The first syllogism is invalid because Oedipus did not know that Jocasta was his mother. The second syllogism is invalid because Tom DeLay does not know that items a-z hurt the country.

And why is that? Because the so-called morality shared by strict-father conservatives elevates the promotion of strict-father morality as the highest moral virtue, trumping everything else. In short, to answer brian's question, it is conservative "morality" itself that hurts the country.

Posted by: Joel Rubinstein on April 4, 2006 at 2:02 AM | PERMALINK

Yep, but WHO will he squeal on when the shit hits the fan?

THAT...is the question.

He is no friend of Rove et.al.

Posted by: satan on April 4, 2006 at 2:18 AM | PERMALINK

I have a fantasy brewing re: Dana Rohrbacher's crack about "Let the prisoners bring in the harvests!"

I might actually buy a head of iceberg lettuce if I thought DeLay, Scanlon, Abramoff, or any of these other smarmy bastards might be toiling in the hot sun to bring a salad to my table.

Posted by: Global Citizen on April 4, 2006 at 2:36 AM | PERMALINK

Joel R: on your Oedipus comparison, Oedipus actually came to recognize the truth of the situation, took the blame on himself, and decided on his own punishment to fit the crime. No hope of any of that here.

My take is that, Yes, the guilt already leads right to his door, but there is a deal here. This man is too power-hungry and egotistical to walk away. Unfortunately the deal might include the Dems, too.

Why not? The Dems can't follow through on clear law-breaking to do with FISA, lobbyists/corruption or election finance. All the waters are muddy. It can't be coincidence that the Dems won't get a grip on any of these!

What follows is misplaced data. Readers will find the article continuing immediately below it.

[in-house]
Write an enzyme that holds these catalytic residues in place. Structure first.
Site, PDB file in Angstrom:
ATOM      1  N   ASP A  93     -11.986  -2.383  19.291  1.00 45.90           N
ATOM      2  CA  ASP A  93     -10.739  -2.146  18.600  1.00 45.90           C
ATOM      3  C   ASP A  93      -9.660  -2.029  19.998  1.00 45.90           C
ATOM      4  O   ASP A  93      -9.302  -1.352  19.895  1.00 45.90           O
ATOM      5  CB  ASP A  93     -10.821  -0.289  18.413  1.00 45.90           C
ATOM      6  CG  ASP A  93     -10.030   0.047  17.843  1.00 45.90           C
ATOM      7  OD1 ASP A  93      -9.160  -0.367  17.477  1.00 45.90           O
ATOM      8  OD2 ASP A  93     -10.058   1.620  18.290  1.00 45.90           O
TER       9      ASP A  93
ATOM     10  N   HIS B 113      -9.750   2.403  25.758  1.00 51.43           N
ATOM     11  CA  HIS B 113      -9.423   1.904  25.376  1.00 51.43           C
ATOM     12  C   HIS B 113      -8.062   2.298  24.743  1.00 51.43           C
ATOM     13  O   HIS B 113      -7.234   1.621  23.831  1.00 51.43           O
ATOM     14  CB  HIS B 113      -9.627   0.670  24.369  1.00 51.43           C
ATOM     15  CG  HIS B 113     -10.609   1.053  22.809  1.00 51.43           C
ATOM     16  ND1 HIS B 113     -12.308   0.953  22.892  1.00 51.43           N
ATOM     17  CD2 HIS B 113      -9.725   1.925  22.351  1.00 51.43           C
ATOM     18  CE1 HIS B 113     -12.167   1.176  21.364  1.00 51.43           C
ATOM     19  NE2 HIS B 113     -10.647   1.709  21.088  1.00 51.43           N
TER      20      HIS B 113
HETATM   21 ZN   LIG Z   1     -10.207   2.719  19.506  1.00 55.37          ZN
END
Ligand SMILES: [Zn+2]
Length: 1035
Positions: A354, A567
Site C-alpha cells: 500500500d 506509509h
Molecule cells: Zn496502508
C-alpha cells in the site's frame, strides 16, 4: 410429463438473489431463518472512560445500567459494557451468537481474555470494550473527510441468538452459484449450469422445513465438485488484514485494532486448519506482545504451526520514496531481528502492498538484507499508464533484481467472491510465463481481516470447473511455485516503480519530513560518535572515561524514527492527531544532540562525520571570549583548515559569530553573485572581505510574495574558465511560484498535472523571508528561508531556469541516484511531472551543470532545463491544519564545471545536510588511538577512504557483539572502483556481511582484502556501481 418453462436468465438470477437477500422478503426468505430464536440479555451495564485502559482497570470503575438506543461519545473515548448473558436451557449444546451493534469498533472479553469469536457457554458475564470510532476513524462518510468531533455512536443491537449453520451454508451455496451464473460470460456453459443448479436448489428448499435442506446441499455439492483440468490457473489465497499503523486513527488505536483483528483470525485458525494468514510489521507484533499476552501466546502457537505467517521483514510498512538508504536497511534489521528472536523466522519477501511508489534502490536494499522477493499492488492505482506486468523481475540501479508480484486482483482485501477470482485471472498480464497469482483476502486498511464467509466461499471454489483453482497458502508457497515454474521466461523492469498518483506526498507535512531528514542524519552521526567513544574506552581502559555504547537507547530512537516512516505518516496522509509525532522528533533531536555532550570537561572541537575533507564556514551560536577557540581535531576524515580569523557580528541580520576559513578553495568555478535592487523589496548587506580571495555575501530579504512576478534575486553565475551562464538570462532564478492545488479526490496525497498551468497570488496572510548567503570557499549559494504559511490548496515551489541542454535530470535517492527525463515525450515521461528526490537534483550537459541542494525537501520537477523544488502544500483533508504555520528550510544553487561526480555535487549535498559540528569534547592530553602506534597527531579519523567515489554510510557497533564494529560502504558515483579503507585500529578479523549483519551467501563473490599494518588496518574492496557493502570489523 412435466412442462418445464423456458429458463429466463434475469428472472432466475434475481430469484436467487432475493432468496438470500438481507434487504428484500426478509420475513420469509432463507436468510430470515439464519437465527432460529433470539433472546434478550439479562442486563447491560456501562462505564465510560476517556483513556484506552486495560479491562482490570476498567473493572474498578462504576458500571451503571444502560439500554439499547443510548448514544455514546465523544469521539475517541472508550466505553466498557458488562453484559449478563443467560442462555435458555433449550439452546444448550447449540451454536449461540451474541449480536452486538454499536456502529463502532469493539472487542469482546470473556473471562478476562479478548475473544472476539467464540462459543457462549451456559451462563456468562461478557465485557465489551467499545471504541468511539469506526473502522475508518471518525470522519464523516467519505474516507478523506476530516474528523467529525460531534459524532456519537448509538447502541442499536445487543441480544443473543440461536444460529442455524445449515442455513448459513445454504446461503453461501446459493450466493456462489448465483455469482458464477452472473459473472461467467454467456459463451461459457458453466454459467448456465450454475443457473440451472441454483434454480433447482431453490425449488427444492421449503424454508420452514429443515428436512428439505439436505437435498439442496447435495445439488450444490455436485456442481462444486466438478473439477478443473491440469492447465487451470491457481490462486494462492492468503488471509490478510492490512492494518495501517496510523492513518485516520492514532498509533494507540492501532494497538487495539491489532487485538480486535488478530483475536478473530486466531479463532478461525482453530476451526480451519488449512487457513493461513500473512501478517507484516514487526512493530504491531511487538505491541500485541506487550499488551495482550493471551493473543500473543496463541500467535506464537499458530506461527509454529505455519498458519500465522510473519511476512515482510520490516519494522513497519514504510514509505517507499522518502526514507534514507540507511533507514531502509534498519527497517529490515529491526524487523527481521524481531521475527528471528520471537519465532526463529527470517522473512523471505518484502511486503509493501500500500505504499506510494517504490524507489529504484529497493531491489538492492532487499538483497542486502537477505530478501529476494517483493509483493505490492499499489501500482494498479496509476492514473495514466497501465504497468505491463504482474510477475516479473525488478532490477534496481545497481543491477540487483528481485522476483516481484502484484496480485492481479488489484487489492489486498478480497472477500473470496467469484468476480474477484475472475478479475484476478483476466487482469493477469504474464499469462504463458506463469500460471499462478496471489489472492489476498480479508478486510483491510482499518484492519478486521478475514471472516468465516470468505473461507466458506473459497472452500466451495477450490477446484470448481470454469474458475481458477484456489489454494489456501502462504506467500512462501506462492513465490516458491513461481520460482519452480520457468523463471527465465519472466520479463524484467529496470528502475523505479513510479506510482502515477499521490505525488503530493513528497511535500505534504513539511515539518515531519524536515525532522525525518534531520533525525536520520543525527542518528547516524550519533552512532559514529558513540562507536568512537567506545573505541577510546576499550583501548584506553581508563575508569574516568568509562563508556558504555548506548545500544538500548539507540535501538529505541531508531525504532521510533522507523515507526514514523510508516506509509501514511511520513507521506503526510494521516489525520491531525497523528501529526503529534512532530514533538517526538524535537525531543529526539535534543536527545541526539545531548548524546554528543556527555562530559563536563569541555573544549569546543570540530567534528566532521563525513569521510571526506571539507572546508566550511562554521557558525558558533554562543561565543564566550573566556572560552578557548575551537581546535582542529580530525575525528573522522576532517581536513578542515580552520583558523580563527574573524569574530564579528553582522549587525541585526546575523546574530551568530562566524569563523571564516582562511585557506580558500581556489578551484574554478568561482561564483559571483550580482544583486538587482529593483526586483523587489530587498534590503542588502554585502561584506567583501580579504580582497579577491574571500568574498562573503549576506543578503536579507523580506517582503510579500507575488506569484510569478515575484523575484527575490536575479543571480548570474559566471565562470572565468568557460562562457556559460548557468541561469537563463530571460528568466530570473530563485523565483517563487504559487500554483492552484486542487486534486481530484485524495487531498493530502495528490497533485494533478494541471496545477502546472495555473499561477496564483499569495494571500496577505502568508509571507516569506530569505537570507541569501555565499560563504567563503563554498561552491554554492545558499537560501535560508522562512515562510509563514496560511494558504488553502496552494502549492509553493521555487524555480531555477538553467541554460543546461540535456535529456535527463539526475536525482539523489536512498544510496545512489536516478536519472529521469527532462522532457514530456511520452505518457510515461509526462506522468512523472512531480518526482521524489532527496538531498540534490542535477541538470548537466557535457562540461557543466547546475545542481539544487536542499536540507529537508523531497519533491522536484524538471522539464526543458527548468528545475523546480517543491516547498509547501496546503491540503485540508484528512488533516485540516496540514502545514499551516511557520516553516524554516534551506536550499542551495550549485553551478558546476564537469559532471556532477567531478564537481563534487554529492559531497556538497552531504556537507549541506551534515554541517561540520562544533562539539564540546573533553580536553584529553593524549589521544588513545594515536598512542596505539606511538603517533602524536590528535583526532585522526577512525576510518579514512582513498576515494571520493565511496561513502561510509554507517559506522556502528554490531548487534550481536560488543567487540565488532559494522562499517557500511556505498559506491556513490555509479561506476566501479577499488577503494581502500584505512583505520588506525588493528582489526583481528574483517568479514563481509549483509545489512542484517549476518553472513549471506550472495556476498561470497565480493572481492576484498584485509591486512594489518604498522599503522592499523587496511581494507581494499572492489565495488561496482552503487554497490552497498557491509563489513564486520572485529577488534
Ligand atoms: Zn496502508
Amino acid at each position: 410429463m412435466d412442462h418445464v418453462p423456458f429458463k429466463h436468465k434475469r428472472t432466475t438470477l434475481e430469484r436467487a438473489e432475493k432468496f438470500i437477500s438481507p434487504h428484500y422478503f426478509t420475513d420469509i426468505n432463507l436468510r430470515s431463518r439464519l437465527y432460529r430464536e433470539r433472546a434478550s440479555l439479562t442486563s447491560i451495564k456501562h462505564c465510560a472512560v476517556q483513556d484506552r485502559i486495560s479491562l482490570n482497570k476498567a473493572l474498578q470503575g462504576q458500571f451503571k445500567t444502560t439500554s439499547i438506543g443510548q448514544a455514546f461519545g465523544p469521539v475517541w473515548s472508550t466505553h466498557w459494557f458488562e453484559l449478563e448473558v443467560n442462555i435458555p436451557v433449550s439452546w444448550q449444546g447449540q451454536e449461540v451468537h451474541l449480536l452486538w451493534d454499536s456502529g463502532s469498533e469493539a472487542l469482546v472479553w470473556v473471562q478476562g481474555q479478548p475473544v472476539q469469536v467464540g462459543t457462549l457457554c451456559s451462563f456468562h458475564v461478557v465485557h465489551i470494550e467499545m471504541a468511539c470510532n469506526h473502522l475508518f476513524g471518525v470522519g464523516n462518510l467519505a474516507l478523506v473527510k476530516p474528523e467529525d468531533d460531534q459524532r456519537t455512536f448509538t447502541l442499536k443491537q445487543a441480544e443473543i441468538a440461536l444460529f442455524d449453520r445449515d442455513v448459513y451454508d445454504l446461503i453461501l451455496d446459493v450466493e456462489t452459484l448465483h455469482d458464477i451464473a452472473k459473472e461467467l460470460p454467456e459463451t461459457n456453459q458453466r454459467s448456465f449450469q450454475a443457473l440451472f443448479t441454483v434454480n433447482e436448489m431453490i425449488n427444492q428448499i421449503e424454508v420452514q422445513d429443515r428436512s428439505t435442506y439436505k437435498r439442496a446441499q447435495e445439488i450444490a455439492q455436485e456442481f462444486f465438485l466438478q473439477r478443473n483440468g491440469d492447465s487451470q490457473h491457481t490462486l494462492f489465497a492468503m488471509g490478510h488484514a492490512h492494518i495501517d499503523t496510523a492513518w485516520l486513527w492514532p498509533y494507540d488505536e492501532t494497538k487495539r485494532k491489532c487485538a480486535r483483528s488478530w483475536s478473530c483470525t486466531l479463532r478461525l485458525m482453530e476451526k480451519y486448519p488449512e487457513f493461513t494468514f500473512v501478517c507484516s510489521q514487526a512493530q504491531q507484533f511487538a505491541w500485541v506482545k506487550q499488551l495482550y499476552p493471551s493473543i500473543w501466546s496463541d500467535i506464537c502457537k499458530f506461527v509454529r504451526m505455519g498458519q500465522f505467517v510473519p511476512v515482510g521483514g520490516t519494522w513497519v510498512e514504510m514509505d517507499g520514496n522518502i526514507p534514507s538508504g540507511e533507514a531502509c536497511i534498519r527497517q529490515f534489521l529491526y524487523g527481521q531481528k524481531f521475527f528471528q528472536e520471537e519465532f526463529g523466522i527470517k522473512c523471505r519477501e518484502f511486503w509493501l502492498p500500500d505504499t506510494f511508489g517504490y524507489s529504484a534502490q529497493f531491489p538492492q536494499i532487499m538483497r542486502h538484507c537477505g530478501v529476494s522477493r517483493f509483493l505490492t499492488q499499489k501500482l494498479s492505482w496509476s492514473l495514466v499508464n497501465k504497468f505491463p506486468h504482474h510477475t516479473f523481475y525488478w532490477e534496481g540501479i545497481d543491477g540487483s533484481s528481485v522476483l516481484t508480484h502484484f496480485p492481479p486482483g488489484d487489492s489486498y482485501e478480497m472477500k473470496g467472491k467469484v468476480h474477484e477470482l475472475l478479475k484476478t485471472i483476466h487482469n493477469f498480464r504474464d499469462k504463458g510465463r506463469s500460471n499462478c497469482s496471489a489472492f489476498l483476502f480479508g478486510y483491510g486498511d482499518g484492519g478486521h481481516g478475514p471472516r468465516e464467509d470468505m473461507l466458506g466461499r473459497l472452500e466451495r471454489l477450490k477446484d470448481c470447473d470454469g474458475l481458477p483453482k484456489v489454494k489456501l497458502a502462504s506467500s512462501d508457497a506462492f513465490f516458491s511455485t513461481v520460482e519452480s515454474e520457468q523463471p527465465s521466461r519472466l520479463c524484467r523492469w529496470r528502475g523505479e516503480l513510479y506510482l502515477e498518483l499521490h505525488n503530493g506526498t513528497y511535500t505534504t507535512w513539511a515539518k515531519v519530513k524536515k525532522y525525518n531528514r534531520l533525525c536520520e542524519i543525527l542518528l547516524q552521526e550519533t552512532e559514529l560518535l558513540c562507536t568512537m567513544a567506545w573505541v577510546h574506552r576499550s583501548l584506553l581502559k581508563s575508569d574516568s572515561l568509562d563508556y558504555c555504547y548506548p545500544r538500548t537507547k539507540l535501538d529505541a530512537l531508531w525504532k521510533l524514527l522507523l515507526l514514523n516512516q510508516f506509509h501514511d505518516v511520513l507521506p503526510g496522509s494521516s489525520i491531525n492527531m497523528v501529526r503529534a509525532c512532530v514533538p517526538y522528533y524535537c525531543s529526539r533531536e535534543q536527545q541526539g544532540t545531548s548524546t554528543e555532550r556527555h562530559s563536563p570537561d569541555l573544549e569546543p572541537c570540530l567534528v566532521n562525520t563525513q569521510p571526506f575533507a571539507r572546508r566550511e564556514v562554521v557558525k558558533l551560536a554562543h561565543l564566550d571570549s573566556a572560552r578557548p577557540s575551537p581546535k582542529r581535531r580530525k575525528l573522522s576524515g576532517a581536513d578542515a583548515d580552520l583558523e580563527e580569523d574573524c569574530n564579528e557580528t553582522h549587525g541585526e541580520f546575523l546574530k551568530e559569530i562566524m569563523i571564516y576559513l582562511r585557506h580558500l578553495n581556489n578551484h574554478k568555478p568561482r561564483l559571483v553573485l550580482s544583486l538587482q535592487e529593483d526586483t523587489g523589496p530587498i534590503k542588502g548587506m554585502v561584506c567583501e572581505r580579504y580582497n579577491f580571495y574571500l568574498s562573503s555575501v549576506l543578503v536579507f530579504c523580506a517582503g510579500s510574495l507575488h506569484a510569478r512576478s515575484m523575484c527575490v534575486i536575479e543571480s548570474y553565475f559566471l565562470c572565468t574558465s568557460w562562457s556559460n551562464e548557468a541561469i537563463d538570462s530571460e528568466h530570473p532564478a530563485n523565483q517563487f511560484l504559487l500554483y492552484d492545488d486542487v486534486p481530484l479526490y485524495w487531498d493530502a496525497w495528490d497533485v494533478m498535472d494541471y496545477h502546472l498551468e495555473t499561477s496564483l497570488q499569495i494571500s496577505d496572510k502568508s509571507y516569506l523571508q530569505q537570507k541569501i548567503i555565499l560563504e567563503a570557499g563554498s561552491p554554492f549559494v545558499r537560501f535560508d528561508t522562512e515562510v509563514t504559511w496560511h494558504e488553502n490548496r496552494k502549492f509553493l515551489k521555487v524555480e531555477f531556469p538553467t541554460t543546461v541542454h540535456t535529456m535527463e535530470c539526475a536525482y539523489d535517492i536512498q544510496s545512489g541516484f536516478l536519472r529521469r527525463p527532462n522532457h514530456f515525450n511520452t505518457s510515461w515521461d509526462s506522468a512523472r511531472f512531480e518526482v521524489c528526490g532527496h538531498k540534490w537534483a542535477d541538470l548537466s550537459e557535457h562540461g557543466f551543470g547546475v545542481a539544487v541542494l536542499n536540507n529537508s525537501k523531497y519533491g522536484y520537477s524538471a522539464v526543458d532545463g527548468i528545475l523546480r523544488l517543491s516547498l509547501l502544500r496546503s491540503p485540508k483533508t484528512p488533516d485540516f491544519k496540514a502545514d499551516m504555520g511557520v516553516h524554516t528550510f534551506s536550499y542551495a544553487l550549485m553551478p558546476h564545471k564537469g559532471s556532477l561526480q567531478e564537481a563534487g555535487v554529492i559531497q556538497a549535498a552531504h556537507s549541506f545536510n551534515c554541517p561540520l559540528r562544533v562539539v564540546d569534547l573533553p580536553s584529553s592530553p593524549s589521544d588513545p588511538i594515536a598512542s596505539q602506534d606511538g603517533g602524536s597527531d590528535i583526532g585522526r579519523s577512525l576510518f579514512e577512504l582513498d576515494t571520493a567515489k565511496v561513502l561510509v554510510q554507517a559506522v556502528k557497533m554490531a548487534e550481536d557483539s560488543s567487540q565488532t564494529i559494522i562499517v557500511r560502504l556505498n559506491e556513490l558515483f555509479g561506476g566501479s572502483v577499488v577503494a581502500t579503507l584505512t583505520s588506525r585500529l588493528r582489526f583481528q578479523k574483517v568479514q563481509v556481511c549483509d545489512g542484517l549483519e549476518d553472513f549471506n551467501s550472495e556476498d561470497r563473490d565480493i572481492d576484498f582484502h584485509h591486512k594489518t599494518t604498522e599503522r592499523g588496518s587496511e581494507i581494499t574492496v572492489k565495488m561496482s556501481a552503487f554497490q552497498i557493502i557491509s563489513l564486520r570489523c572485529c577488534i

Posted by: notthere on April 4, 2006 at 3:18 AM | PERMALINK

I hope he is equally at peace, sharing a cell with a 6'5" homosexual, nicknamed "The Ram"!

Posted by: Stephen Kriz on April 4, 2006 at 5:51 AM | PERMALINK

Why is Tom DeLay like California Governor Arnold Schwarzenegger?

They will both be ex-Terminators in 2006.

Posted by: pj_in_jesusland on April 4, 2006 at 6:22 AM | PERMALINK

What a wimp--a Texas yellow belly!

Posted by: BroD on April 4, 2006 at 7:00 AM | PERMALINK

So, in the battle of DeLay vs. Rove, Rove comes out on top. Who is the next challenger?

Cranky

Posted by: Cranky Observer on April 4, 2006 at 7:57 AM | PERMALINK

The Delay play shows us all how greasy politics is.

One's character rarely changes over time.

I had an Uncle who met with Richard Nixon in 1948. After his meeting he said..."Richard will need to be watched closely, I have some concerns about his character"....

24 years later, the whole world realized how mean-spirited and shallow the man was.

Delay is no different.

Posted by: Tom Nicholson on April 4, 2006 at 8:25 AM | PERMALINK

Tom Delay is relocating his residence to Virginia. The fouled air of Houston is already getting better.

Posted by: Keith G on April 4, 2006 at 8:47 AM | PERMALINK

But Jesus loves him, this I know, for the Bible tells me so; if he hollers let him go, eeny meeny miny moe.

Posted by: Wonderin on April 4, 2006 at 8:57 AM | PERMALINK

DeLay cuts and runs.

Good thing he isn't running the war on terror.

Too bad Bush is.

Posted by: Advocate for God on April 4, 2006 at 9:53 AM | PERMALINK

You libs just hate Tom DeLay because he's effective! He's a great American, and you aren't!

Posted by: Trolletarian on April 4, 2006 at 10:03 AM | PERMALINK

What Brooksfoe said at 12:30.

Posted by: Ace Franze on April 4, 2006 at 10:19 AM | PERMALINK

DeLay was an effective leader, albeit too liberal in recent years. It's possible, of course, that he did something wrong along the way. But there is no evidence of that in the public domain... As far as we can tell at the moment, DeLay appears to be yet another victim of the Democrats' politics of personal destruction--the only politics they know.